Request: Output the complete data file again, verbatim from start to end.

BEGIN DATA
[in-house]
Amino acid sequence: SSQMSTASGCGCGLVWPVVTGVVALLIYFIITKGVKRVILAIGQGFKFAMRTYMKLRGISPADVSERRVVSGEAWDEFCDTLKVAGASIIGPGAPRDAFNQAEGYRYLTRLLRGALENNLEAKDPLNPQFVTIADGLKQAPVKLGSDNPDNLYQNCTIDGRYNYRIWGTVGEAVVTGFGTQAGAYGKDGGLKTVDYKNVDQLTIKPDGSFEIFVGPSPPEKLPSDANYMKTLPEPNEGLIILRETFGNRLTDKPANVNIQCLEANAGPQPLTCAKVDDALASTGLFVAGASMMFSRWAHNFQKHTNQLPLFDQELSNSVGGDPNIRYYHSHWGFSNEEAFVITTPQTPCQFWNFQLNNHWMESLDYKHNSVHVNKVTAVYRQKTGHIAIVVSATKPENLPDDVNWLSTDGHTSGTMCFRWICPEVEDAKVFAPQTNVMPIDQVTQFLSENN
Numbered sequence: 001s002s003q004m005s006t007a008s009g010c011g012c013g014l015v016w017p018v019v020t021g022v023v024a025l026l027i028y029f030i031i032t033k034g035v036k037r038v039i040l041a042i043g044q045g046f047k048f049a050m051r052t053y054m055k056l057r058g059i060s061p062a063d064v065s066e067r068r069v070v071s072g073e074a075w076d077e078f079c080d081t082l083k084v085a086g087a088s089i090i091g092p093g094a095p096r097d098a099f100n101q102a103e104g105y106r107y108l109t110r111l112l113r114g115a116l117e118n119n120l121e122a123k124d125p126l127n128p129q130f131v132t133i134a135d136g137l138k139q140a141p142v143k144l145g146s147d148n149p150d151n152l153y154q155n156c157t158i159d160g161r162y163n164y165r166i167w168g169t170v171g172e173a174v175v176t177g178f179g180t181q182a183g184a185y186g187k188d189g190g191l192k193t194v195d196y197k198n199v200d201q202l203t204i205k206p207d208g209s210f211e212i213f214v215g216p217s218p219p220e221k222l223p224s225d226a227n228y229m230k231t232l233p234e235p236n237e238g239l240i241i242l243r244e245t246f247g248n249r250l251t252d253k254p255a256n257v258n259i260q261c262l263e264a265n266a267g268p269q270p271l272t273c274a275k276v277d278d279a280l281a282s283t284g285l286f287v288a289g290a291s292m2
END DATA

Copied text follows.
[in-house]
Amino acid sequence: SSQMSTASGCGCGLVWPVVTGVVALLIYFIITKGVKRVILAIGQGFKFAMRTYMKLRGISPADVSERRVVSGEAWDEFCDTLKVAGASIIGPGAPRDAFNQAEGYRYLTRLLRGALENNLEAKDPLNPQFVTIADGLKQAPVKLGSDNPDNLYQNCTIDGRYNYRIWGTVGEAVVTGFGTQAGAYGKDGGLKTVDYKNVDQLTIKPDGSFEIFVGPSPPEKLPSDANYMKTLPEPNEGLIILRETFGNRLTDKPANVNIQCLEANAGPQPLTCAKVDDALASTGLFVAGASMMFSRWAHNFQKHTNQLPLFDQELSNSVGGDPNIRYYHSHWGFSNEEAFVITTPQTPCQFWNFQLNNHWMESLDYKHNSVHVNKVTAVYRQKTGHIAIVVSATKPENLPDDVNWLSTDGHTSGTMCFRWICPEVEDAKVFAPQTNVMPIDQVTQFLSENN
Numbered sequence: 001s002s003q004m005s006t007a008s009g010c011g012c013g014l015v016w017p018v019v020t021g022v023v024a025l026l027i028y029f030i031i032t033k034g035v036k037r038v039i040l041a042i043g044q045g046f047k048f049a050m051r052t053y054m055k056l057r058g059i060s061p062a063d064v065s066e067r068r069v070v071s072g073e074a075w076d077e078f079c080d081t082l083k084v085a086g087a088s089i090i091g092p093g094a095p096r097d098a099f100n101q102a103e104g105y106r107y108l109t110r111l112l113r114g115a116l117e118n119n120l121e122a123k124d125p126l127n128p129q130f131v132t133i134a135d136g137l138k139q140a141p142v143k144l145g146s147d148n149p150d151n152l153y154q155n156c157t158i159d160g161r162y163n164y165r166i167w168g169t170v171g172e173a174v175v176t177g178f179g180t181q182a183g184a185y186g187k188d189g190g191l192k193t194v195d196y197k198n199v200d201q202l203t204i205k206p207d208g209s210f211e212i213f214v215g216p217s218p219p220e221k222l223p224s225d226a227n228y229m230k231t232l233p234e235p236n237e238g239l240i241i242l243r244e245t246f247g248n249r250l251t252d253k254p255a256n257v258n259i260q261c262l263e264a265n266a267g268p269q270p271l272t273c274a275k276v277d278d279a280l281a282s283t284g285l286f287v288a289g290a291s292m2